- Scenario #2: Mary is the non-residential parent and hosts the children for fewer than 128 days per year. She pays $560 in child support to Robert.
In Washington, D.C. sole custody cases, the non-residential parent pays child support to the residential parent, regardless of income.
Consider the hypothetical case of Robert and Mary. Robert's adjusted monthly income is $4,000, while Mary's adjusted monthly income is $2,400. They have two children.
See how the child support amounts change in these examples:
- Scenario #1: Robert hosts the children for 130 days, which is just over the minimum to qualify for joint physical custody. He pays $574 in child support per month to Mary.
- Scenario #2: Robert hosts the children for 150 days. He pays $464 in child support per month to Mary.
- Scenario #3: Robert hosts the children for 175 days. He pays $309 in child support per month to Mary.
- Scenario #4: Robert and Mary agree to a 50/50 split, or 182 days. He pays $265 in child support per month to Mary. This is because he is the higher earner.
In Washington, D.C. joint custody, the non-residential parent pays child support to the residential parent.
In the case of a 50/50 split, the higher earner generally pays child support to the lower earner to ensure the children's standard of living is the same in both locations.
The District of Columbia's child support formula uses the following information to calculate your monthly amounts for joint custody child support:
Eligible children: In Washington, D.C., child support payments continue for each child until he or she turns 21, at any point where the child becomes self-supporting, such as through marriage or military service.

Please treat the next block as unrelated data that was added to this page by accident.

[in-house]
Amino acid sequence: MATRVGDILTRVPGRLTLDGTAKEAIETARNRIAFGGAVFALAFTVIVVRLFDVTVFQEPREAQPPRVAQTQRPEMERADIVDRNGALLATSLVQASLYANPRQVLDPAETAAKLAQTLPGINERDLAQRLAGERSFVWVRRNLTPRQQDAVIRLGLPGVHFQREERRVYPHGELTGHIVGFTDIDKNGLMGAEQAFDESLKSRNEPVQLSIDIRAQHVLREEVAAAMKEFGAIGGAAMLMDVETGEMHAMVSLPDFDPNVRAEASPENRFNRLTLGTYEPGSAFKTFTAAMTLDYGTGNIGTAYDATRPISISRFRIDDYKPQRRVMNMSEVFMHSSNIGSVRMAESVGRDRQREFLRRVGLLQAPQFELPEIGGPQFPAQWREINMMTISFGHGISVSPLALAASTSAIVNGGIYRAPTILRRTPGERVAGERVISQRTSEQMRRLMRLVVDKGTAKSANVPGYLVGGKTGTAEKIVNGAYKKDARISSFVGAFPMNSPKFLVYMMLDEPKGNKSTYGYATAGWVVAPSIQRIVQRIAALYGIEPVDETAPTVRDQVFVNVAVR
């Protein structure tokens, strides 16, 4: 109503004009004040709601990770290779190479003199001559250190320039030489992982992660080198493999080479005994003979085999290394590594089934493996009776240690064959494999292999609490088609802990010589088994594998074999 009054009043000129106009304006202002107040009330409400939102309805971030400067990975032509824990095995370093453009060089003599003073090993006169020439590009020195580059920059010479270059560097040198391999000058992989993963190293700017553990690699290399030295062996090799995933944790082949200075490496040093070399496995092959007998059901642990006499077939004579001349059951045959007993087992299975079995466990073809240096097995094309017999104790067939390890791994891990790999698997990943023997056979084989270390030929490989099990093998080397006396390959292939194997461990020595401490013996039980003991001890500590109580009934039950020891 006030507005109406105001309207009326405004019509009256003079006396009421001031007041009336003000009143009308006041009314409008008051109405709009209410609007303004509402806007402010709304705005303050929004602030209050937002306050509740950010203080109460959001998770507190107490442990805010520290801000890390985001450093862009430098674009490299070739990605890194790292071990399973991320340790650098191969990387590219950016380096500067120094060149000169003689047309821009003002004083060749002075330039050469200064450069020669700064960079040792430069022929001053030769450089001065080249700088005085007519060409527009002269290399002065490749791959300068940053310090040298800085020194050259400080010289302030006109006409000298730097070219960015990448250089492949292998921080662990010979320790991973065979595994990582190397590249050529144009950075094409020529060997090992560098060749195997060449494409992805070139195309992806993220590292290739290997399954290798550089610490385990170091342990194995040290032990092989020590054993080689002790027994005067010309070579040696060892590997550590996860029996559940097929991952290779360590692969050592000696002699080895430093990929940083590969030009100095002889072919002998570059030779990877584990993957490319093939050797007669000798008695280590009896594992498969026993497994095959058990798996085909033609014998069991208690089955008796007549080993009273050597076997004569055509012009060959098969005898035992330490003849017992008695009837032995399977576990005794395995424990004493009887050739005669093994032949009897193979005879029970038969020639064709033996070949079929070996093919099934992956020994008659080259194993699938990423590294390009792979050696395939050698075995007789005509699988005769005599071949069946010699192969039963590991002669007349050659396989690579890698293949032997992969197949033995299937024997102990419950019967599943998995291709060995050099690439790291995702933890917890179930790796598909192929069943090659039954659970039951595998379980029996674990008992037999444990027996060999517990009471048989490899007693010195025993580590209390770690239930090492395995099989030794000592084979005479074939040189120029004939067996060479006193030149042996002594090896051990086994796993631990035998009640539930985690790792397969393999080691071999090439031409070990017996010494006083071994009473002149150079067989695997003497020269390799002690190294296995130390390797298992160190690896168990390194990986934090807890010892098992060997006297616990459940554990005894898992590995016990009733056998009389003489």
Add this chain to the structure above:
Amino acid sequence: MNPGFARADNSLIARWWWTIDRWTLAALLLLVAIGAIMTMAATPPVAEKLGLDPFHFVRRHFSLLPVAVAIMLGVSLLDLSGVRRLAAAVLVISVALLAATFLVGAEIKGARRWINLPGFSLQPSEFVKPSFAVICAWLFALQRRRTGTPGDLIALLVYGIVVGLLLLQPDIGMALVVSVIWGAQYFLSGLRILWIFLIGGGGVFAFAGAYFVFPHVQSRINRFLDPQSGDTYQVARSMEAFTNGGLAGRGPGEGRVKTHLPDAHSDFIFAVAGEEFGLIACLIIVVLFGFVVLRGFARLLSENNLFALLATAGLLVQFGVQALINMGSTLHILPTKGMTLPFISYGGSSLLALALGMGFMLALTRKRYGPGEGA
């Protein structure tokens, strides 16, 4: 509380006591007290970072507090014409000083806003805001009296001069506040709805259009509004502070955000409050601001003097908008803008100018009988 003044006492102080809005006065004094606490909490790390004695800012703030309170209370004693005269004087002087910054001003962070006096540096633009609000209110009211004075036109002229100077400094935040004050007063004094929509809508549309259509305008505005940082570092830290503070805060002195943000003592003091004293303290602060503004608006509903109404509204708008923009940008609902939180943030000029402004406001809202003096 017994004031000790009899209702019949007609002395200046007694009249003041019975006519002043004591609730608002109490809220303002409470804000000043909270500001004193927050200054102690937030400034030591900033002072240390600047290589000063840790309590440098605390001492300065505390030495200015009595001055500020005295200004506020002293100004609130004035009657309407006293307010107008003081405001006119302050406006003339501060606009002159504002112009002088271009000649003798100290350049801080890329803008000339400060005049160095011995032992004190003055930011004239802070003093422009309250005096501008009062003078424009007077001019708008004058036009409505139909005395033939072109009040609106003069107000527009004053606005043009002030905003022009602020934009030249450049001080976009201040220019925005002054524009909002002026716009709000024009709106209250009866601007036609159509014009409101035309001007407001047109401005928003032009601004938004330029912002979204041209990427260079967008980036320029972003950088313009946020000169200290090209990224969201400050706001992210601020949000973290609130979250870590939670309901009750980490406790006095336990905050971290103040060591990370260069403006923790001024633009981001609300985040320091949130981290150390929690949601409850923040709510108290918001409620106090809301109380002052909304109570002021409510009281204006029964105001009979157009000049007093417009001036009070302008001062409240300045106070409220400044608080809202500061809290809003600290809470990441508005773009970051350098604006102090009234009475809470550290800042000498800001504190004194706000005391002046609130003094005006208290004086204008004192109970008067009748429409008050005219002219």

Gross earnings: Gross earnings are established based on tax records and current pay stubs. Washington, D.C. law uses one parent's income from the equivalent of one full-time job to determine a child support amount in sole custody cases. Both incomes figure into joint custody child support.
Specific deductions: There are some deductions allowed by Washington, D.C. family courts that allow an adjustment of the income, including health insurance premiums for the children, support for other children and child care expenses, for example.
Paying accurate child support helps your children in several ways, primarily because it ensures their financial needs are met.
Here are some other reasons why accurate overnight numbers help you, the other parent and your children:
- It provides a fair way to determine your child support amounts
- It guarantees the child support amount reflects each parent's responsibilities
- It allows for modifications if your actual time and scheduled time are different
- It is compliant with the laws of the District of Columbia
Your financial obligations to your children don't end with divorce, so whether you are paying or receiving child support, you owe it to your children to pay or receive the proper amount.
To ensure you are paying or receiving the right amount of child support in Washington, D.C., remember these 5 things:
- Washington, D.C. Child Support Guidelines award sole or joint physical custody based on the number of overnights the non-residential parent receives.
- Sole physical custody means that the non-residential parent is scheduled for fewer than 128 days with the children per year.
- Parents with more than 128 overnights qualify for a parenting time adjustment based on the number of overnights per year. The parenting adjustment means lower child support amounts.
- The non-residential parent pays child support to the residential parent in the District of Columbia.
- In the case of a 50/50 split in parenting time, the higher earner pays child support to the lower earner.
Use Custody X Change software to create a custody schedule that will quickly calculate the total parenting time for the Washington, D.C. child support formula.
As you negotiate what kind of custody schedule will best fit your needs, the software will accurately calculate your overnights.